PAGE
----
Max Data Rate with Noise F signal-to-noise ratio (S/N) – use 10 log 10 S/N (decibels, d. B) – ex: S/N = 100 then 20 d. B F Shannon’s theorem: max data rate = Hlog 2(1+S/N) bits/sec – ex: 3000 Hz, 30 d. B noise (typical phone) – max is 30 Kbps! F Modems use compression

Summary F Nyquist gives upper bound on sampling F Nyquist gives max data rate for noiseless channel – can always increase by increasing signal levels F Shannon gives max data rate for channels with noise – independent of signal levels!

Transmission Media F Two types: – Guided (a physical path) – Unguided (waves propagated, but not in a directed manner)

Magnetic Media F Put files on tape, floppy disks, … F Physically carry (“Sneaker Net”) F Example – 8 mm video tape holds 7 gigabytes – box 20”x 20” holds 1000 tapes – 24 hour delivery via Fed. Ex – = 1000 x 7 GB * 8 / (24 * 3600) = 648 Gbps – = 1000 times faster than high-speed ATM Never underestimate the bandwidth of a station wagon full of tapes hurtling down the highway F High delay in accessing data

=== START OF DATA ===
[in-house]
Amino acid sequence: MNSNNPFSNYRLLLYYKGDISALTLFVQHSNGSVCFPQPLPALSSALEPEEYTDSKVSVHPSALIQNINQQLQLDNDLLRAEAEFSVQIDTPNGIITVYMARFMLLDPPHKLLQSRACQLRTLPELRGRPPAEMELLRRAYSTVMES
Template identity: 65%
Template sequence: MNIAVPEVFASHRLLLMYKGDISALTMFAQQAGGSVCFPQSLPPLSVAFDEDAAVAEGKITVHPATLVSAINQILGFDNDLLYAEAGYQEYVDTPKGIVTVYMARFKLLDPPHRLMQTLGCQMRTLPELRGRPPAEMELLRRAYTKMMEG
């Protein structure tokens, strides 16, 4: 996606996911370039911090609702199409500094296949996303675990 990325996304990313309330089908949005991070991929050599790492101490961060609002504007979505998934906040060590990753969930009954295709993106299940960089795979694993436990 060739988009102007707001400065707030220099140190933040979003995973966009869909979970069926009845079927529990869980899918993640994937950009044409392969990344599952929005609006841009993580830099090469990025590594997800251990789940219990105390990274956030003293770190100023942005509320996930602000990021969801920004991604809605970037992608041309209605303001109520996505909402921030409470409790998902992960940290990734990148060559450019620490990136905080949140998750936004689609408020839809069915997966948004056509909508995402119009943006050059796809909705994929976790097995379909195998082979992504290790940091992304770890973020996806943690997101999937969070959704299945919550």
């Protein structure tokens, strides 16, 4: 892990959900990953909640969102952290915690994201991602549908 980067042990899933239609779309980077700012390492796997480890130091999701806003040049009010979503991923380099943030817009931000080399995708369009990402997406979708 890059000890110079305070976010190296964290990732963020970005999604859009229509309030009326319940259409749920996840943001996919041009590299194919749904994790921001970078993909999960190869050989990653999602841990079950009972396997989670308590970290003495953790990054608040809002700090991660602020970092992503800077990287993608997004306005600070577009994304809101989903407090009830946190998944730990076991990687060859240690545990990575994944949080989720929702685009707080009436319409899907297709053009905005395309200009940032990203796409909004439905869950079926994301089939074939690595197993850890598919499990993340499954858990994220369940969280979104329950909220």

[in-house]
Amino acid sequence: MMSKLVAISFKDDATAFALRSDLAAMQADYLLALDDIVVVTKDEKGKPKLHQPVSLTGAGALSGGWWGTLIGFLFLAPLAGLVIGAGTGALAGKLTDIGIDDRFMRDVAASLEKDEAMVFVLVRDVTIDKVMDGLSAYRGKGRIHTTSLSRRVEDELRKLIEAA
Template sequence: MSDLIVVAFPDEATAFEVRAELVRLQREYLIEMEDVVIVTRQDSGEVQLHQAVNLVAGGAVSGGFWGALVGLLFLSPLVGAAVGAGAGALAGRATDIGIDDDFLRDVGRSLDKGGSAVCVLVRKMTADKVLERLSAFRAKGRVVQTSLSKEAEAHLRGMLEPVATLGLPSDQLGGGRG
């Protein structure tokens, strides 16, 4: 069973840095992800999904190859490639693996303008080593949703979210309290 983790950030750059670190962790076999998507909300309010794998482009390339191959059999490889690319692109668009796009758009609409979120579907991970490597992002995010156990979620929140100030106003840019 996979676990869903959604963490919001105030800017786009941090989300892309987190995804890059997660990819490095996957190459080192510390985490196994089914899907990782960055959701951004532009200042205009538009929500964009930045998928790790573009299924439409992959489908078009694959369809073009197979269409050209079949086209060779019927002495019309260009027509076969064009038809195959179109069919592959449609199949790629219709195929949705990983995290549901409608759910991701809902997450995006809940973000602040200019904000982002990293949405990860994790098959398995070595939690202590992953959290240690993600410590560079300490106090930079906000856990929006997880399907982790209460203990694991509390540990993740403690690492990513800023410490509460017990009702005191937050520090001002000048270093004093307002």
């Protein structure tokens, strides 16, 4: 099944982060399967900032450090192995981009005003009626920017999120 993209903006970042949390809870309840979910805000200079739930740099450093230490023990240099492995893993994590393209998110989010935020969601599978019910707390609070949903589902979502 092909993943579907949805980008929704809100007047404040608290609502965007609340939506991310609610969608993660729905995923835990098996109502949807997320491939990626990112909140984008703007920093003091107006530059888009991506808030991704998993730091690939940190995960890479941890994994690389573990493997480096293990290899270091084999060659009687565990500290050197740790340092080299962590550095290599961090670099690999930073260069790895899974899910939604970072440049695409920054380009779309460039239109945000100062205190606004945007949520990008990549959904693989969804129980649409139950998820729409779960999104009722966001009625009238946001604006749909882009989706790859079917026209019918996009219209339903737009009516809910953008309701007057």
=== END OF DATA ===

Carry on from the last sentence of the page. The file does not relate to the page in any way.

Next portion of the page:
Twisted Pair F Two copper wires are strung between sites F “Twisted'' to reduce interference F Can carry analog or digital signals F Distances of several kilometers F Data rates of several Mbps common – wire thickness and length – shielding to eliminate noise (impacts S/N) F Good, low-cost communication – existing phone lines!

Baseband Coaxial F Copper core, insulating material (“coax”) F Baseband indicates digital transmission – as opposed to broadband analog F To connect, need to touch core: – vampire taps or T junction F 10 Mbps is typical